Monday, May 5, 2008

What's Obama's Cost to Us Tax Payers?

Senator Barack Obama has a limited record on the National Level. But one thing is Clear, Senator Obama is the Most Liberal member of the Senate according to his voting record.

Senator Obama's comments are middle of the road, non-partisan, BUT his VOTES ARE further left and more partisan than Hillary, Ted Kennedy, Joe Biden, Harry Reid and all other members of the Senate.[Source: "Obama: Most Liberal Senator In 2007" as published by the On-Line National Journal Thursday, Jan. 31, 2008]

As you know, it is the Left who believes in Bigger Government and more Government handouts. Senator Obama is the most Liberal of the Left in terms of his voting record. As you also know, both Hillary and Barack have promised to raise taxes which will cost us more.

In practical terms, Senator Obama talks about reaching across the aisle and compromise with Conservatives, but he votes along the Democrat's Party Line more than anyone else in the Senate. The Left, including Senator Obama, costs us in increased taxes, AND in increased costs. Senator Obam's Extreme Left or Liberal Standing yields increased costs for such things as Health Insurance.

The on-line edition of The Wall Street Journal, contains an article by SCOTT GOTTLIEB, which highlights Senator Obama's record of increasing cost of Health Insurance for the Tax Payer ("Obama's Health Care Record"). This is a double whammy. Health Insurance cost goes up, Taxes go Up to pay for those who can't pay and Senator Obama simultaneously talks about lowering the cost to the individual.
... during Mr. Obama's tenure in the state Senate, 18 different laws came up for a vote and passed that imposed new mandates on private health insurance. Mr. Obama voted for all of them.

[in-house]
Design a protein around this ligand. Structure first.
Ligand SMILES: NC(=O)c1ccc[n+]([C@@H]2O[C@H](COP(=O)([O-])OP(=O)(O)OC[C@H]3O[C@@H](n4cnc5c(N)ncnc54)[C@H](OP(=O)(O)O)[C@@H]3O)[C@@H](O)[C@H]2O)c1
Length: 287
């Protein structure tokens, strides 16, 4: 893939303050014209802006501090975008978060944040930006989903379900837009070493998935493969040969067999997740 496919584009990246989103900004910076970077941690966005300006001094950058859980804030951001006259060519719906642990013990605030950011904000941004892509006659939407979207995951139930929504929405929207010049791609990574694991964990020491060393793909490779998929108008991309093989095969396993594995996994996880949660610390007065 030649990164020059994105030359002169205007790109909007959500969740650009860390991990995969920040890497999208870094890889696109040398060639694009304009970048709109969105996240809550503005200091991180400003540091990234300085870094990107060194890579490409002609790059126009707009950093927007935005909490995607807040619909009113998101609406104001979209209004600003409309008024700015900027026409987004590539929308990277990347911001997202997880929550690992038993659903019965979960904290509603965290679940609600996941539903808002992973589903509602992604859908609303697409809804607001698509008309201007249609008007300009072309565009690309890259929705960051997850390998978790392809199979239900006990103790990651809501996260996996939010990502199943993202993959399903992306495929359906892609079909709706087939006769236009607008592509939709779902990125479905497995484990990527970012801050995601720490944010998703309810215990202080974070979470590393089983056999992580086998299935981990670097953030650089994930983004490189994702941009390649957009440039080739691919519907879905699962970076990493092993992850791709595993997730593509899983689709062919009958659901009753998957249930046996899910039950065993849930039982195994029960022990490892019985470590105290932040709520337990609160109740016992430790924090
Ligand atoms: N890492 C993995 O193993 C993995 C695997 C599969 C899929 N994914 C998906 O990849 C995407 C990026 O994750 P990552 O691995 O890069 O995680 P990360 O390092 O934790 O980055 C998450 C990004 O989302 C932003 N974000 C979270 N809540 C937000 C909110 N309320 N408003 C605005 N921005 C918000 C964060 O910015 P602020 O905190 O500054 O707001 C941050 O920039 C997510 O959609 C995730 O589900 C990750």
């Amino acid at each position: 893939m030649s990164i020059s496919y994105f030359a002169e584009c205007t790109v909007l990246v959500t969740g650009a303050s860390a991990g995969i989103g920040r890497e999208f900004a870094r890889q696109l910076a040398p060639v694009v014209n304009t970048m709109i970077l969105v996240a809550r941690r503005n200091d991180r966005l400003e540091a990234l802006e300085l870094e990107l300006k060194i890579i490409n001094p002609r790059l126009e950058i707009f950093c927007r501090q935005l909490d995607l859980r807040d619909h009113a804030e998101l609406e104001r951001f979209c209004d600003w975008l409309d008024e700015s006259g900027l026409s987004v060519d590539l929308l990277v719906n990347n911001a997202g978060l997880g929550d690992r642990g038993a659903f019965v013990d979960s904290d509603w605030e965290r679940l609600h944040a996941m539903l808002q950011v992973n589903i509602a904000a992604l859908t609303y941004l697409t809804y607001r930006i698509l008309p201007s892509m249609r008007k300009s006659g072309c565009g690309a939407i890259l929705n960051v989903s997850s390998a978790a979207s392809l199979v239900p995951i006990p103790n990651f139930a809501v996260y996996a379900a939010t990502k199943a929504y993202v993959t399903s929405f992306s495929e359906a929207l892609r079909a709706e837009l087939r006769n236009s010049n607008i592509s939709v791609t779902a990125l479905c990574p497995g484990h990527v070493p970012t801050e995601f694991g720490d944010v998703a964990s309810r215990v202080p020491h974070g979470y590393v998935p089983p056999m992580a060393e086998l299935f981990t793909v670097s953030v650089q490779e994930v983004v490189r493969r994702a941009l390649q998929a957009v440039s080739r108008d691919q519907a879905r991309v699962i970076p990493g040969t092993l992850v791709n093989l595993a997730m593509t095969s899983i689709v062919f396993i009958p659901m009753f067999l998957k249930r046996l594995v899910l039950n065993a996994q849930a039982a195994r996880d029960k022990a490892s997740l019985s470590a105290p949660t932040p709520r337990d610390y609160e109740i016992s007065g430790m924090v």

Mandates on private Health Insurance drive the cost of Health Insurance Higher, because these Mandates require Insurance Companies to cover specific items.
A 2008 study by an insurance-industry supported research organization, the Council for Affordable Health Insurance (CAHI), estimates that mandates increase the cost of basic health coverage by 20% to 50%, depending on the state. Average policies in high-mandate New Jersey cost about $4,000 according to a 2004 insurance survey, much more than the $1,200 charged in low-mandate Wyoming.
Not all mandates are bad, or that expensive, but some like the so called "Slacker Mandate" which extends coverage for unmarried dependents up to the age of 30 are popular in many states.

It seems to me that unless a dependent is handicapped and not capable of self-care by 18, they should not be covered by forced Mandates. Exceptions for full-time Students to age 24 is reasonable, but by requiring coverage to age 30 only drives the cost for those with Private Insurance Higher.
These increased costs aren't shared equally among all who have health insurance. People who are covered through self-insured employers (usually large corporations) are shielded from state mandates because of the federal Employee Retirement Income Security Act (ERISA), which prevents states from enacting controls on plans that cross state lines.
Who pays for these Mandates then? The people who generally can least afford it. The payers are the ones who do not have an employer sponsored plan. They are the ones who pay for their own Health Insurance.